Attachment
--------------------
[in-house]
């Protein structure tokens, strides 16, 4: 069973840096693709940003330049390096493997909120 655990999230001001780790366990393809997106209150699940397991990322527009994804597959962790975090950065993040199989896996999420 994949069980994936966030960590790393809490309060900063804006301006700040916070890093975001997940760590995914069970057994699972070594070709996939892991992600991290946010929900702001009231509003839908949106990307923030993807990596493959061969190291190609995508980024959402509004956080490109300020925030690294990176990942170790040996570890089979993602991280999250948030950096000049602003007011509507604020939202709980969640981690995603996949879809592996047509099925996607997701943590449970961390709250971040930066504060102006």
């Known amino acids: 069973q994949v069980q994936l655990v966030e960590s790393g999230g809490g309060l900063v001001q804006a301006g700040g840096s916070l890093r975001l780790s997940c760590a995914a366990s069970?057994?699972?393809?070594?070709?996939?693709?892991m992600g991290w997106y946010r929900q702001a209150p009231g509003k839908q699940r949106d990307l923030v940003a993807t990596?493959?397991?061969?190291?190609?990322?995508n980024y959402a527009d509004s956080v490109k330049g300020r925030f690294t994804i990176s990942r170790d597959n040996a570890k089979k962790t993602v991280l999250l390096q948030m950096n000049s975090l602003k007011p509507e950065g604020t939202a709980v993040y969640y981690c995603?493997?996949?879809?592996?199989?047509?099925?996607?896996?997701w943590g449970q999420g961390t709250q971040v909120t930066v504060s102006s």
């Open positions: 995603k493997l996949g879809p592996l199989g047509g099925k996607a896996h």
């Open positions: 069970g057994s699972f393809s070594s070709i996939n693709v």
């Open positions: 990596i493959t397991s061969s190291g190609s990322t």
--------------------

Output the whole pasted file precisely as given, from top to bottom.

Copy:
[in-house]
């Protein structure tokens, strides 16, 4: 069973840096693709940003330049390096493997909120 655990999230001001780790366990393809997106209150699940397991990322527009994804597959962790975090950065993040199989896996999420 994949069980994936966030960590790393809490309060900063804006301006700040916070890093975001997940760590995914069970057994699972070594070709996939892991992600991290946010929900702001009231509003839908949106990307923030993807990596493959061969190291190609995508980024959402509004956080490109300020925030690294990176990942170790040996570890089979993602991280999250948030950096000049602003007011509507604020939202709980969640981690995603996949879809592996047509099925996607997701943590449970961390709250971040930066504060102006």
């Known amino acids: 069973q994949v069980q994936l655990v966030e960590s790393g999230g809490g309060l900063v001001q804006a301006g700040g840096s916070l890093r975001l780790s997940c760590a995914a366990s069970?057994?699972?393809?070594?070709?996939?693709?892991m992600g991290w997106y946010r929900q702001a209150p009231g509003k839908q699940r949106d990307l923030v940003a993807t990596?493959?397991?061969?190291?190609?990322?995508n980024y959402a527009d509004s956080v490109k330049g300020r925030f690294t994804i990176s990942r170790d597959n040996a570890k089979k962790t993602v991280l999250l390096q948030m950096n000049s975090l602003k007011p509507e950065g604020t939202a709980v993040y969640y981690c995603?493997?996949?879809?592996?199989?047509?099925?996607?896996?997701w943590g449970q999420g961390t709250q971040v909120t930066v504060s102006s």
């Open positions: 995603k493997l996949g879809p592996l199989g047509g099925k996607a896996h």
């Open positions: 069970g057994s699972f393809s070594s070709i996939n693709v």
């Open positions: 990596i493959t397991s061969s190291g190609s990322t």